+0
I never understand the difference between these two. For instance:

1) It is Sarah who I think is the better of the two at badminton.
2) The boy whom I trusted proved honest.

For the first, why "who" and for the second, why "whom"? i know it has something to do with direct/indirect object, but i am still confused
1 2
Comments  (Page 2) 
@Victor
Whom did u give it to ?
I didn't understand how it takes up the role of an object ? Could u disseminate the whole thing...Thnx a lot.
Hi,

If it's difficult for you to distinguish between a subject and object
in the original sentnence, try to rearrange words in it so that to
convert the original into a more simple narrative form. For instance,

X did you give it to? -> you gave it to X

Such a transformation will change the sentence's character
(interrogative -> narrative) and eliminate some words like "did" but
the roles of the main sentence members will remain the same, that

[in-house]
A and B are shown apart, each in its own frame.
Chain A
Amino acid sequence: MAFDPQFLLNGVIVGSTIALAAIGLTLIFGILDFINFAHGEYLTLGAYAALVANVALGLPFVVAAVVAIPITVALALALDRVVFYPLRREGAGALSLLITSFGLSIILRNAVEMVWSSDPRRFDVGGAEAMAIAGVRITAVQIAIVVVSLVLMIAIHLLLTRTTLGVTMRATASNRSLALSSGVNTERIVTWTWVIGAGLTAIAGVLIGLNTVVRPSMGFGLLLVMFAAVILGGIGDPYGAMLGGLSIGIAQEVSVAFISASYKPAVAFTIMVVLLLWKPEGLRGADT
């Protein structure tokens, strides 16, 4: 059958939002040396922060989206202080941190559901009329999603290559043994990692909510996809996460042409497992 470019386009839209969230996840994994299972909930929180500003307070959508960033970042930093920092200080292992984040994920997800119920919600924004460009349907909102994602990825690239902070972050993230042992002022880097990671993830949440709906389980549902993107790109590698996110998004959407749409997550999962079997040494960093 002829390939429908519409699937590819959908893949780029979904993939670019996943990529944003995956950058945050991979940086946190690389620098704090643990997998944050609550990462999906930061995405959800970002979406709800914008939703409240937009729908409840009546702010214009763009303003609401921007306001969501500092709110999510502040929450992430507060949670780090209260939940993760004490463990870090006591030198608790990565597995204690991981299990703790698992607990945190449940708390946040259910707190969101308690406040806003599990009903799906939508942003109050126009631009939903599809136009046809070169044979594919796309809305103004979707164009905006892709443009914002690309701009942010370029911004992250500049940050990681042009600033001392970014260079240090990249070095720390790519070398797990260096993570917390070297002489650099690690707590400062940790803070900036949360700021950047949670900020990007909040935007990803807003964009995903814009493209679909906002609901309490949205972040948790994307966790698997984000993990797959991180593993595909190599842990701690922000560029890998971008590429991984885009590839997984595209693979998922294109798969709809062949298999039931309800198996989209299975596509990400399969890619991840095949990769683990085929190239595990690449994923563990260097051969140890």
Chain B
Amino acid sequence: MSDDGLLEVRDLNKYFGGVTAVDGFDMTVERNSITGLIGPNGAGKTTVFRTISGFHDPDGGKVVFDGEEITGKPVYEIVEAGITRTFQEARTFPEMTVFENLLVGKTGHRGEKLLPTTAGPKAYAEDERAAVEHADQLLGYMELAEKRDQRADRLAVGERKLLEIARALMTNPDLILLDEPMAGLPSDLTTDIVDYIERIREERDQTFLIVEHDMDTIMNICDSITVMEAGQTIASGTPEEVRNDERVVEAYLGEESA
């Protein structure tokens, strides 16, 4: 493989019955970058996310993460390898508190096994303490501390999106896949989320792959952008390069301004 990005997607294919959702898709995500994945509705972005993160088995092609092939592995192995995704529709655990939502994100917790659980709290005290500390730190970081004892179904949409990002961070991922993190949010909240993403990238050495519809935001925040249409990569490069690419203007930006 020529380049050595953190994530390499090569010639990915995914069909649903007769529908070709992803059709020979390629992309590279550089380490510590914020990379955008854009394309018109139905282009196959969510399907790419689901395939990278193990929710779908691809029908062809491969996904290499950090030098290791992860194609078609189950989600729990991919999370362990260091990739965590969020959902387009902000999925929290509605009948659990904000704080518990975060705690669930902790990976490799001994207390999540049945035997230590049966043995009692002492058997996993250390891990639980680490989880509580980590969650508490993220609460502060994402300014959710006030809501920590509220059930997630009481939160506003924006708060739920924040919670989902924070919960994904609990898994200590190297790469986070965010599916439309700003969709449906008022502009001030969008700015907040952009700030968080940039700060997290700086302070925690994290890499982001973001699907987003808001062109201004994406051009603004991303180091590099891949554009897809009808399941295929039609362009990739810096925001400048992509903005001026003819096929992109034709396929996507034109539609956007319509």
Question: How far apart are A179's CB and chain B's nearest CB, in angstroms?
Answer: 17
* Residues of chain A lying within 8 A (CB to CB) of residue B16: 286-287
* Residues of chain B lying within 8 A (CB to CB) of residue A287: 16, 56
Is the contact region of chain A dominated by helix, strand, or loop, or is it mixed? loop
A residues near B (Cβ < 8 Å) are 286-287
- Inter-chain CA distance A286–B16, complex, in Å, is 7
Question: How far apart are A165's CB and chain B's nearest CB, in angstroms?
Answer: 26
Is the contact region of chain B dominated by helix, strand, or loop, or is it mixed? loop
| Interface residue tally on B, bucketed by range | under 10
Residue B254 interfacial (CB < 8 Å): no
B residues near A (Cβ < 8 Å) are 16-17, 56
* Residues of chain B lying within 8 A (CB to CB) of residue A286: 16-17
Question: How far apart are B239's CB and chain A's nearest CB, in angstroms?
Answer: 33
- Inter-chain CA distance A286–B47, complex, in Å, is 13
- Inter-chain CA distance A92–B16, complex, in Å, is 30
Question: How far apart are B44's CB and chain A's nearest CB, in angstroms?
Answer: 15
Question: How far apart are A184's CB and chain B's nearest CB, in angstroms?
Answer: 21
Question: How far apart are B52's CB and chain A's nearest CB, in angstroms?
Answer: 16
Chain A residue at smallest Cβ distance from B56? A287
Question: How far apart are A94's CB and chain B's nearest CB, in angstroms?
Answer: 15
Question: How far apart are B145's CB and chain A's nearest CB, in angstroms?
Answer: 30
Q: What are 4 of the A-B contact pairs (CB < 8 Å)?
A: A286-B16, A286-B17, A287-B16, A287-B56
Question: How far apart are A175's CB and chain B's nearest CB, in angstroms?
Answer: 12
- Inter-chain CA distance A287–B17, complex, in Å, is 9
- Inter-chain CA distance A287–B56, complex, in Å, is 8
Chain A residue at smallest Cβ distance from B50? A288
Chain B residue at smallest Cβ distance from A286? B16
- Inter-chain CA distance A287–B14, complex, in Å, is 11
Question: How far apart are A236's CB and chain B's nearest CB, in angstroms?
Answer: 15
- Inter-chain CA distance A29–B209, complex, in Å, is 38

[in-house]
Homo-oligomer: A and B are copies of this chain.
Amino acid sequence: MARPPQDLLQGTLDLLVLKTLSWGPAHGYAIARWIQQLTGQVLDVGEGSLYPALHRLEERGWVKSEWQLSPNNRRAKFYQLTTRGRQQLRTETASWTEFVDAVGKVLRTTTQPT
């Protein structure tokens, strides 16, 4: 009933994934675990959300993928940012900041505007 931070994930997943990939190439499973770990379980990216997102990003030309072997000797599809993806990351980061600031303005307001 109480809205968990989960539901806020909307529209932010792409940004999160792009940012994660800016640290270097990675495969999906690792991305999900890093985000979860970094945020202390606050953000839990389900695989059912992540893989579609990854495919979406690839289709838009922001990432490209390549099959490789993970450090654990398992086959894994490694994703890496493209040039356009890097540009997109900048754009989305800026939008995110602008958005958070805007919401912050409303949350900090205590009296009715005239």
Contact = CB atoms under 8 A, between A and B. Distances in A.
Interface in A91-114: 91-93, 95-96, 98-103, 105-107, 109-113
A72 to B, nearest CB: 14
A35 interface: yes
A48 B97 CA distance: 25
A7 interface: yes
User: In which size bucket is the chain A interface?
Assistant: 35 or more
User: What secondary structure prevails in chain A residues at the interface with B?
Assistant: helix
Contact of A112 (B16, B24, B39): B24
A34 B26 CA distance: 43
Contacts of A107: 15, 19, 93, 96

is who was a subject still will be a subject, etc.

In the last simplified sentence, the acting side, that is who gives,
is "you". Thus, "you" is a subject. The action receiver is X ("you"
gives something to X). That is why X is an object. Consequently,
X should be "whom".

By the way, I had better rewrite the original sentence this way:

(i) Whom did you give it to?

->

(ii) To whom did you give it?

The question whether the form (i) is a bad style is quite controversial ,
so let's say that (ii) is my personal preference =)

--

Victor
Students: We have free audio pronunciation exercises.
victor_amelkin let's say that (ii) is my personal preference =)
Your preference is likely influenced by the word order that is used in your own native language. If you do the actual experiment of living among English speakers for any length of time, you'll find that you can listen to a great many English speakers a great many months, even years, without ever hearing a question that starts with "To whom"! Such a phrasing is exceedingly rare.

CJ